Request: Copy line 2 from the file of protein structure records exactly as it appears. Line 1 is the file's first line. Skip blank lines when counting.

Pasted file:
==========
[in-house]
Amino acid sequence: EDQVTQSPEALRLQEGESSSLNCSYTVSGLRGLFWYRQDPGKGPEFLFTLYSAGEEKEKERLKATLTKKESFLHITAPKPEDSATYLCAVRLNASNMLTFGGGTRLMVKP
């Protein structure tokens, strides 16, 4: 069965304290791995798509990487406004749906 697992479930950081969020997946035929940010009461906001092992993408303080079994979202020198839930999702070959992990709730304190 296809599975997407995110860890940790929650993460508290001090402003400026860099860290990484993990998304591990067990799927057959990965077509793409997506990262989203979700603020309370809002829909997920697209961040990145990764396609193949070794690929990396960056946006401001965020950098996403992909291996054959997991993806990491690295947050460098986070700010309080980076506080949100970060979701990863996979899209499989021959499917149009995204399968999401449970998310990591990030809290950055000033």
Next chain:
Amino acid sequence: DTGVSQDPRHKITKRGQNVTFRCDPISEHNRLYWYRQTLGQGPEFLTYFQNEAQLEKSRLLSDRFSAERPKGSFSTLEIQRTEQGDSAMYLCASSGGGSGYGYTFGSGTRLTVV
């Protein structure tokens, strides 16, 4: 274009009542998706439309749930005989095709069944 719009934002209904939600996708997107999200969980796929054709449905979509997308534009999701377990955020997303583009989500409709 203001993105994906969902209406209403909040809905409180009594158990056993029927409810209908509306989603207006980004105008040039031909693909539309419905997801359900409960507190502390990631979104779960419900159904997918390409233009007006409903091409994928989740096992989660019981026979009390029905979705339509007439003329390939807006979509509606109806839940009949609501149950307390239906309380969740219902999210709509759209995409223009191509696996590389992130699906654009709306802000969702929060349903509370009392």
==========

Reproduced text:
Amino acid sequence: EDQVTQSPEALRLQEGESSSLNCSYTVSGLRGLFWYRQDPGKGPEFLFTLYSAGEEKEKERLKATLTKKESFLHITAPKPEDSATYLCAVRLNASNMLTFGGGTRLMVKP